On 9 October 2007, Mr Luke Aaron Murrie, an employee of D&G
Hoists and Cranes Pty Ltd (D&G) was fatally injured when an L
68 pack of crane components slipped while it was being lifted and
The company was prosecuted under the provisions of the
Occupational Safety & Health Act, convicted and substantially
The directors, Mr Keating and Mr Decesare, were also prosecuted
and convicted in proceedings before a Magistrate. The appeal to the
Supreme Court concerned the conviction and fines imposed upon the
The conviction was appealed, principally on the grounds that the
directors did not know that an unsafe system of slinging the load
was being used. The evidence before the Magistrate had identified
two methods of slinging such a load, one of which was unsafe. The
directors had claimed that the method which was supposed to be used
was a safe method. However, on the occasion in question, an unsafe
method of slinging had been used and resulted in Mr Murrie's
The case for the prosecution was that even if the directors did
not specifically know that the unsafe method of slinging was being
used at the time, they knew, or ought to have known, that the
unsafe method was used from time to time and that they had been
negligent in failing to take steps to improve work place safety to
avoid the risk.
Justice McKechnie concluded that the Magistrate had not been in
error in convicting the directors on the evidence and dismissed the
appeal against the conviction.
The company had been fined $90,000 and each of the directors
$45,000. The penalties were also appealed on the grounds that they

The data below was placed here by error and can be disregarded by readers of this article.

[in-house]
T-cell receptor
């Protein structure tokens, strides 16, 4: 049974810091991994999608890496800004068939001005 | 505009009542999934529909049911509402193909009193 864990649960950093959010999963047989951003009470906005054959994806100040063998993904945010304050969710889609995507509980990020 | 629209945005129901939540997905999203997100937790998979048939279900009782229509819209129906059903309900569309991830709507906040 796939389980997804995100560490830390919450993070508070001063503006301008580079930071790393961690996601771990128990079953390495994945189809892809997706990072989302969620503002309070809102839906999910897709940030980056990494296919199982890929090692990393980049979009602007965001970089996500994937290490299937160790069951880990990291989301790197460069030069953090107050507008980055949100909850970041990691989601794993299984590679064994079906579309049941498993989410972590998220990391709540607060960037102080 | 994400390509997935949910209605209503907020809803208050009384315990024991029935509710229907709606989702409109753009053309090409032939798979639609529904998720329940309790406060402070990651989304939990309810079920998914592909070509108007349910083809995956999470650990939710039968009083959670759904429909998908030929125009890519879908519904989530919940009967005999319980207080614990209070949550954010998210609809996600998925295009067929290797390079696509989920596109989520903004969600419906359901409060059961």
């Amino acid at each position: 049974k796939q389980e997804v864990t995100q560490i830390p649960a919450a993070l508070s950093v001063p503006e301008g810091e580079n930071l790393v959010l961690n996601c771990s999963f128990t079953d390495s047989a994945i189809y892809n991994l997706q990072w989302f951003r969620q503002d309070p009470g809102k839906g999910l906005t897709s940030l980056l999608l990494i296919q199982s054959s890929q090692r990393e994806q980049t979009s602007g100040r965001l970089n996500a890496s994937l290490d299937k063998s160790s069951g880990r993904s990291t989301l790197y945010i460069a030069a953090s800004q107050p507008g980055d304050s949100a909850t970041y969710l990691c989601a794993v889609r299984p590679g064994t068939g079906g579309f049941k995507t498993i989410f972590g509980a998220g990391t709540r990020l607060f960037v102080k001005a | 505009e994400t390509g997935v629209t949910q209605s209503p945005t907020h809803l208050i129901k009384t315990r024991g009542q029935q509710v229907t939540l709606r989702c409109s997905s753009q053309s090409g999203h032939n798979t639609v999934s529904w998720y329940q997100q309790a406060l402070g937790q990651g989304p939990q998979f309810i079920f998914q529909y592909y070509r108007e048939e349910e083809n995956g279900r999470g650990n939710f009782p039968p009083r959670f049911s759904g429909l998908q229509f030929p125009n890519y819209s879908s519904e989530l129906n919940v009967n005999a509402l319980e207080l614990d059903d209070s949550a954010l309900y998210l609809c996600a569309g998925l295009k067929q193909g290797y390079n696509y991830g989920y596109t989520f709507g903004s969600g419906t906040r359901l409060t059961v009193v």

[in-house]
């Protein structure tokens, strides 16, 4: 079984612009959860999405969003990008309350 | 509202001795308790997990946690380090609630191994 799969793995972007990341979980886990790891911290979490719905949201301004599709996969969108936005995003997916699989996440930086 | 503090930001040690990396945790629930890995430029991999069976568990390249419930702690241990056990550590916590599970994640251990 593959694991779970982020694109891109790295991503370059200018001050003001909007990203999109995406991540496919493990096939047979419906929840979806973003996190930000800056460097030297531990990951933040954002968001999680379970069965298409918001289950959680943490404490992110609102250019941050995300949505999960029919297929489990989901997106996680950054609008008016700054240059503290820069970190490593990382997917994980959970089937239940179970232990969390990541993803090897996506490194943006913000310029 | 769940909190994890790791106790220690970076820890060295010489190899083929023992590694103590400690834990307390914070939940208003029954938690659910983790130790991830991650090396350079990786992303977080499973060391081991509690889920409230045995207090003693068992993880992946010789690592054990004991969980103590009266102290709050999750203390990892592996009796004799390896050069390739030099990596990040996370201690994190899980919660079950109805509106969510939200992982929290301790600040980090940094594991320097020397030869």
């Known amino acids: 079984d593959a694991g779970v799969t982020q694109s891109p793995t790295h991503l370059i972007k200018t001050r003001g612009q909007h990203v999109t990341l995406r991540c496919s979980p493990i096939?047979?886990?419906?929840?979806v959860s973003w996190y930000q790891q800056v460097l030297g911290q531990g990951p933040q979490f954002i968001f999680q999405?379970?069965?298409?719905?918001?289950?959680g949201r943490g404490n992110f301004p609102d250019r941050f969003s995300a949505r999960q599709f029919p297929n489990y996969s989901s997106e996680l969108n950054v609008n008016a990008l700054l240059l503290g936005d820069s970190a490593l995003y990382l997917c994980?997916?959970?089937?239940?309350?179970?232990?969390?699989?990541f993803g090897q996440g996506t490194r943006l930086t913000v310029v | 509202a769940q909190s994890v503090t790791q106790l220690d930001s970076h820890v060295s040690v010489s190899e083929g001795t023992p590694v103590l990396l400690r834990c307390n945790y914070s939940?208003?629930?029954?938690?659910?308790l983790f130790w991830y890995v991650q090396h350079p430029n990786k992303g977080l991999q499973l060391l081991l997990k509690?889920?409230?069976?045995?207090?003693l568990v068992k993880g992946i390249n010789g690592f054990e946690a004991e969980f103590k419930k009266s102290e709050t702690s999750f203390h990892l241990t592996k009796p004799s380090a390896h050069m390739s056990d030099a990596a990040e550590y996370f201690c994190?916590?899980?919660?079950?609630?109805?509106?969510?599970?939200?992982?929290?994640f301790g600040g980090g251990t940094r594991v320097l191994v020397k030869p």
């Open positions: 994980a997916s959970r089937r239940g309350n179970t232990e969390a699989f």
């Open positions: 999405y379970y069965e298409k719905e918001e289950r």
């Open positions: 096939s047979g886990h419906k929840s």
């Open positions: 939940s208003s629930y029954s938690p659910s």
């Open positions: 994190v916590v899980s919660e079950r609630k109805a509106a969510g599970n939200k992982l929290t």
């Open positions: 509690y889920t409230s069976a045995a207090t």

were manifestly excessive.
Justice McKechnie noted that the penalty imposed on the company
was 22.5% of the total possible penalty and, given the seriousness
of the offence, he was satisfied that it was not manifestly
As far as the penalties against the directors were concerned,
His Honour noted that the Magistrate had applied the same arbitrary
percentage (22.5%) in determining the penalty to be imposed upon
them and he considered that such an approach was flawed.
Whilst the fines themselves were not manifestly excessive, His
Honour found that the Magistrate was wrong to conclude that the
fines could not be apportioned as a matter of discretion. As a
result, he found that the fines should be set aside and determined
that a fine of $90,000 should have been apportioned as follows:
D&G - $70,000
Mr Decesare - $10,000
Mr Keating - $10,000
The case illustrates clearly the consequences for a company and
its directors of placing employees at risk in circumstances where
there is some degree of neglect on the part of the company.
The fact that directors are also at risk of conviction for an
offence on the basis of imputed knowledge is equally significant.
In this case, the consequences in terms of penalty have been
ameliorated to some extent by the appeal court's decision.
However, in future cases, there is no guarantee that a
Magistrate's approach at first instance will reflect that
The content of this article is intended to provide a general
guide to the subject matter. Specialist advice should be sought
about your specific circumstances.
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